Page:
Has the Coachella Valley Music and Arts Festival, long a bastion of high-priced fun-in-the-sun escapism, finally sharpened its political teeth? A few of this year's art installations would say yes, as Coachella during this election year doesn't seem to be going quietly into the cultural void.
Check "Besame Mucho" from R&R Studios in Argentina. The piece is a literal wall with its titular phrase spelled out in flowers, separating Coachella's food and drink fare from its concert stages, but also very much a symbolic one. The piece takes its name from Consuelo Velazquez's early 1940s pop standard, a song that captured the panic and passion of love during wartime. "Kiss me as if this night were for the last time," she sings in the track, a song that has been covered by the Beatles and Frank Sinatra, among others.
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Here at Coachella, the South American work stands in stark contrast to the current political climate, in which some of our presidential candidates discuss building a very real wall between the United States and Mexico. The song's message and title -- "Kiss me many times" -- makes it clear the Goldenvoice-produced Coachella is extending a hand to our Latin neighbors rather than locking them out.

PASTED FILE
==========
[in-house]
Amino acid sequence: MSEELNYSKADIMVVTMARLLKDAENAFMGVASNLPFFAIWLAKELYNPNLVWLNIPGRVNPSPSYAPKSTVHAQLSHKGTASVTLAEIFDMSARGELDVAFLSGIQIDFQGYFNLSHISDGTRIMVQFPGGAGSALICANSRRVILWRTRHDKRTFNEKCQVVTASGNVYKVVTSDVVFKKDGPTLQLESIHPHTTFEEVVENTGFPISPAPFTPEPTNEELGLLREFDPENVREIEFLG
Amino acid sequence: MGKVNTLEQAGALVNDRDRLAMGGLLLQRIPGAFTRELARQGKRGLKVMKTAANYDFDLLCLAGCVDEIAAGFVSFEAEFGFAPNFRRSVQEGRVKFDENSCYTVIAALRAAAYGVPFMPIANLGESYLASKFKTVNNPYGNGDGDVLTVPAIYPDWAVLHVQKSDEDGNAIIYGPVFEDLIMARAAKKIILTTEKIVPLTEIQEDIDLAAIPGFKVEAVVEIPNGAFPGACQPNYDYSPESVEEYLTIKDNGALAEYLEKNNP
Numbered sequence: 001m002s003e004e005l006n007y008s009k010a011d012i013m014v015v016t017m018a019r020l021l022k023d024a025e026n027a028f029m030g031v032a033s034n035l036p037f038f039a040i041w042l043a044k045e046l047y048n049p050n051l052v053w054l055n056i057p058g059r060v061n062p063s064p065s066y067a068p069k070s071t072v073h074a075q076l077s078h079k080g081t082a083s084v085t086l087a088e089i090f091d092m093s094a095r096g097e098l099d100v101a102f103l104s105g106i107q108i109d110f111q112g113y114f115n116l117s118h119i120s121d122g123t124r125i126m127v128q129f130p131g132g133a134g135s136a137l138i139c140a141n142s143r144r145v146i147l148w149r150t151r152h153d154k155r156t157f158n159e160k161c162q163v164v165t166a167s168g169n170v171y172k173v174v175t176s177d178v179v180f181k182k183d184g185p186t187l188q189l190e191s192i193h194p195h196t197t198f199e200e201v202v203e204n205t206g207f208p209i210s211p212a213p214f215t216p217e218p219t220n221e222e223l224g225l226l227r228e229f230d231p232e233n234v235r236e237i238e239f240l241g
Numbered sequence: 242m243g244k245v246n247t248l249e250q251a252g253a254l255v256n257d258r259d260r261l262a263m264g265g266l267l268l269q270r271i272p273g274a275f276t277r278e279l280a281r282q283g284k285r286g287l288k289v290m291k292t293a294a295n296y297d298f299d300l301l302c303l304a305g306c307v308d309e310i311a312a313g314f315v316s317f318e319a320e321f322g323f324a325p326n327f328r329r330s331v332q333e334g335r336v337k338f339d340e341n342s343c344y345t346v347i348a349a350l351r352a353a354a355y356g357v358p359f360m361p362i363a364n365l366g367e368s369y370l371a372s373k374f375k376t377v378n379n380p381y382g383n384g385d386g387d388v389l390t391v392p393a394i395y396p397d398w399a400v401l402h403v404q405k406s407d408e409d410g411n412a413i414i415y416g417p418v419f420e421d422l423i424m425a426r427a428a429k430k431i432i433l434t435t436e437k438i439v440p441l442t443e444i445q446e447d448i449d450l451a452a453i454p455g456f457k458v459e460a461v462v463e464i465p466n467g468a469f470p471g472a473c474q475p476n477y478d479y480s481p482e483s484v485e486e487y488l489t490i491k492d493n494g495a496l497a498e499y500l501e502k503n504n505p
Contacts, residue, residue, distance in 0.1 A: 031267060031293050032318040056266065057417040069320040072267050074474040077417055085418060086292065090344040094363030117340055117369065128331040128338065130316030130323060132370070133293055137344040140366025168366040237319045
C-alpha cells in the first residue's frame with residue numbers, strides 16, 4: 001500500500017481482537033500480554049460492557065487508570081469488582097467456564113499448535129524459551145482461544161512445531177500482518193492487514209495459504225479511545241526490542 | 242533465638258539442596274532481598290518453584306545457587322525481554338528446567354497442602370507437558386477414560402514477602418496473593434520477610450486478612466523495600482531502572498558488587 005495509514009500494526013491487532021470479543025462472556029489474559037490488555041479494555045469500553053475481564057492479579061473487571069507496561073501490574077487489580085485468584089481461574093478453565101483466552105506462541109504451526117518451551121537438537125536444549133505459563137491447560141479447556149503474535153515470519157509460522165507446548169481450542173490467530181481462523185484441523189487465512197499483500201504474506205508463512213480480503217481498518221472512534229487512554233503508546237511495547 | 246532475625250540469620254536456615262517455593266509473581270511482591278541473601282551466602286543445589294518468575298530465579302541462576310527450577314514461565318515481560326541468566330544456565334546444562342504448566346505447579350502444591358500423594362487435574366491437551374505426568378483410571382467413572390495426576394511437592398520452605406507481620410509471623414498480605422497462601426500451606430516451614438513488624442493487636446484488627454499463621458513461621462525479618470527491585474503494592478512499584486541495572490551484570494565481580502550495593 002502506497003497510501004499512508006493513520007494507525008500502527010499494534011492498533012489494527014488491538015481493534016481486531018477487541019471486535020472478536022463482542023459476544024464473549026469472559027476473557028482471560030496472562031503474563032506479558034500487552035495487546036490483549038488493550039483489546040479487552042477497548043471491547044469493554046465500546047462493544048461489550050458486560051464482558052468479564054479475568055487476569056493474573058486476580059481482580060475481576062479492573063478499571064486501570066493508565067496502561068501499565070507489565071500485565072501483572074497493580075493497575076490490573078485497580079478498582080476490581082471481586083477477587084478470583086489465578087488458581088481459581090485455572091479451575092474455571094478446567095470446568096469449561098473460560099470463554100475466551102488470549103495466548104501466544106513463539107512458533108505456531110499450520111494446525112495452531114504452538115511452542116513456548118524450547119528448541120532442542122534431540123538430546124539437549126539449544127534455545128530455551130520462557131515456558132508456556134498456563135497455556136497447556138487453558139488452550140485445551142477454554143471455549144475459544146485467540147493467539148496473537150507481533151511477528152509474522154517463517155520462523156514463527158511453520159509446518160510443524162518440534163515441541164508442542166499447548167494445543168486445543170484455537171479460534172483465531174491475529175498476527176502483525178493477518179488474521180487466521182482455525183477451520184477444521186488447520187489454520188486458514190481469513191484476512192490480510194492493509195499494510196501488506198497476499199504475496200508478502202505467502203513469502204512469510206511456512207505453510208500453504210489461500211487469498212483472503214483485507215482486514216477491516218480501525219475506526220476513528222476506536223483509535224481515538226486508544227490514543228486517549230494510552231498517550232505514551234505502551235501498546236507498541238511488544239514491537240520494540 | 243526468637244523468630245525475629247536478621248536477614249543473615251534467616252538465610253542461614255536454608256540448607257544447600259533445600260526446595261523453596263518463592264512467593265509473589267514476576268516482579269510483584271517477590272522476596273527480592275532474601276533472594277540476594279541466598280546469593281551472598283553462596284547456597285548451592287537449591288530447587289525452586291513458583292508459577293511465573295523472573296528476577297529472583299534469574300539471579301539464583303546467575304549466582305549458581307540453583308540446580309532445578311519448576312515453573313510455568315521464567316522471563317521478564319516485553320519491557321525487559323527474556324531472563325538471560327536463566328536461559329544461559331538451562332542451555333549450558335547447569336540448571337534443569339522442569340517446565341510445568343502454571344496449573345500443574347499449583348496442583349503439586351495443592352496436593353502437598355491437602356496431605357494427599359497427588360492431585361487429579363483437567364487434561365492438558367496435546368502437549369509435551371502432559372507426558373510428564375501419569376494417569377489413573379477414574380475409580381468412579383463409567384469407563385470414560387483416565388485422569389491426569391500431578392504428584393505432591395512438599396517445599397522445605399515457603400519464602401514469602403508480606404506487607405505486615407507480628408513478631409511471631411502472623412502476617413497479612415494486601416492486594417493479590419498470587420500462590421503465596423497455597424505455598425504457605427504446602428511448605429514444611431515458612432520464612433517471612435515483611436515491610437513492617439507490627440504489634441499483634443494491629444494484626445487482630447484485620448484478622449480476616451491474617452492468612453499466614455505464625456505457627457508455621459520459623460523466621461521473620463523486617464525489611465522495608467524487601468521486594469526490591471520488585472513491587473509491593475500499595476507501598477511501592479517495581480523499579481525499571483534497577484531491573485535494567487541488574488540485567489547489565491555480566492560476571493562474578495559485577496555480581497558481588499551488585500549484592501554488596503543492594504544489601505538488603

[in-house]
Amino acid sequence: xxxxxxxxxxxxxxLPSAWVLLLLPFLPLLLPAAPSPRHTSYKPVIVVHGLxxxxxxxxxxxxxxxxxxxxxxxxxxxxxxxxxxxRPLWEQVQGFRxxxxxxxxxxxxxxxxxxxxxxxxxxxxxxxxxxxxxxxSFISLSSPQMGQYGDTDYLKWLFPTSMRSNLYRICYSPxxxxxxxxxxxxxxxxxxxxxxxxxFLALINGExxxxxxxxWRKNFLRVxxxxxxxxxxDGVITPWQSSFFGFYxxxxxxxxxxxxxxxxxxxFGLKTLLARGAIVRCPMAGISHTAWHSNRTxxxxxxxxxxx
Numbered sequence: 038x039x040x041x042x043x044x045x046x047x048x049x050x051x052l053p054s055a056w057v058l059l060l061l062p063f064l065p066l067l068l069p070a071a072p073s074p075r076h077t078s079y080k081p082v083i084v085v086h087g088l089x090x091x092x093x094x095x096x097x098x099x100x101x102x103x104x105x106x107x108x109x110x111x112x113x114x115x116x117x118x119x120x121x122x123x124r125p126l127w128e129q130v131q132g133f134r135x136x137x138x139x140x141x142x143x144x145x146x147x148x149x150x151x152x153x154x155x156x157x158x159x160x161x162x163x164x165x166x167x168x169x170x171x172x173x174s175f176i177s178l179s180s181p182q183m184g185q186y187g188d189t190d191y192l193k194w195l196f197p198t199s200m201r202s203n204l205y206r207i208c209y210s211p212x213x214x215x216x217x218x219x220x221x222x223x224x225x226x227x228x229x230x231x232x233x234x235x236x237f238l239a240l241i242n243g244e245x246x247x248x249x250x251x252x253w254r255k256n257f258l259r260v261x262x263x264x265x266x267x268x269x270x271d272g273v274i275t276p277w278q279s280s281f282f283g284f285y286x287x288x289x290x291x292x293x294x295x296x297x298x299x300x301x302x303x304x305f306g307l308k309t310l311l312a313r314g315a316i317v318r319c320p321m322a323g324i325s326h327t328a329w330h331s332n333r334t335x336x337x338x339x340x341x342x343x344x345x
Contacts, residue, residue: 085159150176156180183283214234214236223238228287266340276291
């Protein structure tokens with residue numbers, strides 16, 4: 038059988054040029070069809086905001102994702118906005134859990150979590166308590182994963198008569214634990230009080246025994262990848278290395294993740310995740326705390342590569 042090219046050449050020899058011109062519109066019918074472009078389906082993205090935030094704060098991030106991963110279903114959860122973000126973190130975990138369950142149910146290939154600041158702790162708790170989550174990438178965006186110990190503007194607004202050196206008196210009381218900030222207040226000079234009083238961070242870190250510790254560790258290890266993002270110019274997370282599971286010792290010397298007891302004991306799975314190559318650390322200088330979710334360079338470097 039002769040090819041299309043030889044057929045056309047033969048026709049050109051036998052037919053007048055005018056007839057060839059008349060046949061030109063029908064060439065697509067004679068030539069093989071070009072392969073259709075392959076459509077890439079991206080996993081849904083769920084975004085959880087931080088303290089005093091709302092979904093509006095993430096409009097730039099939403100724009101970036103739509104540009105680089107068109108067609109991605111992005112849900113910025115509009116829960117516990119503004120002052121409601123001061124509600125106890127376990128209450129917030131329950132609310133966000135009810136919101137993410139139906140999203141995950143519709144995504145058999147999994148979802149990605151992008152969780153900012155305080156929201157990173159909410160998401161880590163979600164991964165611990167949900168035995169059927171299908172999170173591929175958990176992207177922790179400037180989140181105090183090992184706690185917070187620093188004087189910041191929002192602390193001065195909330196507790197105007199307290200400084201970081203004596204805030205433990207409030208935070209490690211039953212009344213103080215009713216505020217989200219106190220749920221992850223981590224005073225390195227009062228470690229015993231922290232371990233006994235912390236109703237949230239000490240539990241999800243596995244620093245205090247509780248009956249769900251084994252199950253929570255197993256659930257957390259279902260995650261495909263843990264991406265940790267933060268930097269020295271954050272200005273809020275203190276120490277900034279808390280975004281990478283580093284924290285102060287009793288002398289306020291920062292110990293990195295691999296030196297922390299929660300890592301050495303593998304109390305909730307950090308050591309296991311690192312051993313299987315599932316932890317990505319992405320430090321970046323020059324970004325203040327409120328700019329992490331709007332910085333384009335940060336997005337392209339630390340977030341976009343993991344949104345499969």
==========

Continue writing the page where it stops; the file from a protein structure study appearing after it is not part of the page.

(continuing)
That's not the only artwork on the grounds with a political bent.
"Katrina Chairs" from Cuba's Alexandre Arrechea looks functional from afar -- perhaps even like a giant statue of IKEA furniture. But get up close and it's unnerving, as the chairs are propping up cramped living quarters. They're above the ground, safe from Coachella's denizens, but it's hard not to think of the disaster of Hurricane Katrina, in which tens of thousands were left homeless as the area lacked such elevated infrastructure.
But will Coachella-goers take the time amid the revelry for a deep reading? That may be up to the musicians, and whether or not they'll aim to challenge an audience during an election year or placate it.